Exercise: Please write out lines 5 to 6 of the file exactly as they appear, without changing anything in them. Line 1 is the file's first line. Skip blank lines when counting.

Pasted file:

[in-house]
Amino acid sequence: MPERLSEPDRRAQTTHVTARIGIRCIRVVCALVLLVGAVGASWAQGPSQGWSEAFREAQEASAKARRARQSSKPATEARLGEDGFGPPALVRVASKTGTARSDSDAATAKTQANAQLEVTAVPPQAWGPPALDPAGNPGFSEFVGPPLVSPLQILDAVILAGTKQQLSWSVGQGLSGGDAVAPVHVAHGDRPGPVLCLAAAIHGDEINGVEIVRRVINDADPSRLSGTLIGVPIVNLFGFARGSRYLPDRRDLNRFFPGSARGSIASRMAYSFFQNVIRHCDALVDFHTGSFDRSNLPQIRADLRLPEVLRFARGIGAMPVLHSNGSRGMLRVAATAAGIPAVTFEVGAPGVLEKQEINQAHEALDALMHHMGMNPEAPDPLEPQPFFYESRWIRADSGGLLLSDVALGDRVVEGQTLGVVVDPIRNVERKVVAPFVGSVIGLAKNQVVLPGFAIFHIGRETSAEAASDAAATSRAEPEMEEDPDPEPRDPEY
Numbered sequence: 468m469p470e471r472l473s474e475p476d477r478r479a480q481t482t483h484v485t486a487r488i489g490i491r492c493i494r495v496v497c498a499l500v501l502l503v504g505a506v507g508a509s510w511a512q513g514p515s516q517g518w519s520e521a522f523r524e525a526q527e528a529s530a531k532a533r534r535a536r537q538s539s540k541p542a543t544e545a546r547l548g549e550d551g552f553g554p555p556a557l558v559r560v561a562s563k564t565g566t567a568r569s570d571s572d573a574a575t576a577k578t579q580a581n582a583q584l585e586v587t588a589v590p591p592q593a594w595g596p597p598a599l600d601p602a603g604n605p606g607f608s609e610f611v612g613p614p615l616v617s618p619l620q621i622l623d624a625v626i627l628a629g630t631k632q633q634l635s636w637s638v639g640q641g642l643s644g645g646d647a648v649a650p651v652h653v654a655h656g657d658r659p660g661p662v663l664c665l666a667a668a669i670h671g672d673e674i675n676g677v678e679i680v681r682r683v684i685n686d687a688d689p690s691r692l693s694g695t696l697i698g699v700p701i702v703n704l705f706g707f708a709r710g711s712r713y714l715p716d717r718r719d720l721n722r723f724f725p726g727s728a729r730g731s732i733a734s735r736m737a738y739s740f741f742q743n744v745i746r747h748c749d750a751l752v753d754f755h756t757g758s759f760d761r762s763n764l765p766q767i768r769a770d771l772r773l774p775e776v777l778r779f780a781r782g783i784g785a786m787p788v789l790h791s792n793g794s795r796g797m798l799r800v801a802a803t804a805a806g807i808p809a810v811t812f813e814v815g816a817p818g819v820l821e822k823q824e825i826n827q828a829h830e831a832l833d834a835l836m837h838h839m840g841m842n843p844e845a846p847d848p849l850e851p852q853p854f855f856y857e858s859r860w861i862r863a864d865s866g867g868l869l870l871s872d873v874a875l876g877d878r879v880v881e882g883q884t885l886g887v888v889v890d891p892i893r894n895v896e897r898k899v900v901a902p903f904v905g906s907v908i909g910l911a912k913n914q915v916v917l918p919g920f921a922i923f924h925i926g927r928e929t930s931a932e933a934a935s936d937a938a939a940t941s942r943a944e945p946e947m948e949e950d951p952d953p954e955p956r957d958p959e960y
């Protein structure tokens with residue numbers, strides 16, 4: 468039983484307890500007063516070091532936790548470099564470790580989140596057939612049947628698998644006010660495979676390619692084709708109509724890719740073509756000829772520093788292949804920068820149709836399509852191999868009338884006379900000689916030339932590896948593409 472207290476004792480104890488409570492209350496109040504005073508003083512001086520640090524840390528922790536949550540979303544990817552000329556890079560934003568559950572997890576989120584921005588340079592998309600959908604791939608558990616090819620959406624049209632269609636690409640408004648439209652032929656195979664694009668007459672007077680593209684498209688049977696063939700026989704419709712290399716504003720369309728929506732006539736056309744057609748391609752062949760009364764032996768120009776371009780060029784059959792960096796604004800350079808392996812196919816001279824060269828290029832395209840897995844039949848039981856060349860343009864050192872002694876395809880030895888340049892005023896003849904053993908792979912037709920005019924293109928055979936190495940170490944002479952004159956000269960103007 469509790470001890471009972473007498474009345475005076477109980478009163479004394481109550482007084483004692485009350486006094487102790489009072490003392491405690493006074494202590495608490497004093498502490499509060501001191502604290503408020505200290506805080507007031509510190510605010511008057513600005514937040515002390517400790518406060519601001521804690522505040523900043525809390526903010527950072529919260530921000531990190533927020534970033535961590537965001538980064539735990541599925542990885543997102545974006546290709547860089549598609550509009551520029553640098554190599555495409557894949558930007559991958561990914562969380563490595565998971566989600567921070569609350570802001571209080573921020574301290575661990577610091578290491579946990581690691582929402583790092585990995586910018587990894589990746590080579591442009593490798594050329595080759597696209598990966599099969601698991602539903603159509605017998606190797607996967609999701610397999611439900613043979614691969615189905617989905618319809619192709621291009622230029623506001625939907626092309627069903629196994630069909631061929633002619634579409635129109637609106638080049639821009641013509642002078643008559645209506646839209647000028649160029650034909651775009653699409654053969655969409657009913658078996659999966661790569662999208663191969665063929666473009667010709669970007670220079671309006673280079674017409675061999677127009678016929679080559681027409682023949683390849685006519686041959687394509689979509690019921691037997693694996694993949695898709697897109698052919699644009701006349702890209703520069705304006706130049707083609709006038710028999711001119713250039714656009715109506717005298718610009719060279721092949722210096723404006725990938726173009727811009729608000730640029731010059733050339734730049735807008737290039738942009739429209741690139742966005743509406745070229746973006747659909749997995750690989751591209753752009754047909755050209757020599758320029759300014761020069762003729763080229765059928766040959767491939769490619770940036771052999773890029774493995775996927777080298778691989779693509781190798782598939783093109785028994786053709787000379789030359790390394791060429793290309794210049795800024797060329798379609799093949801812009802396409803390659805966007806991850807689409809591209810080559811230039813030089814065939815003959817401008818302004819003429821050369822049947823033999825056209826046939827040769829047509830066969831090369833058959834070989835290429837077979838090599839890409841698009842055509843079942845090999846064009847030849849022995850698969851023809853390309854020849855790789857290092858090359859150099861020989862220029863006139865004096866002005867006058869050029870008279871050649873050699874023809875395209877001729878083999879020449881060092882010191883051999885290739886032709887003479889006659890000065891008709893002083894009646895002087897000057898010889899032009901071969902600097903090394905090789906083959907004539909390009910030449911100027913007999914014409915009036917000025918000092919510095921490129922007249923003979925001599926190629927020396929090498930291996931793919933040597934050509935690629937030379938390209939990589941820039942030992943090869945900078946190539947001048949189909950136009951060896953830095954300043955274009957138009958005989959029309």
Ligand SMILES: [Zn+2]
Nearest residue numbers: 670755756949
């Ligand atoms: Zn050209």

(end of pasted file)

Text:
Ligand SMILES: [Zn+2]
Nearest residue numbers: 670755756949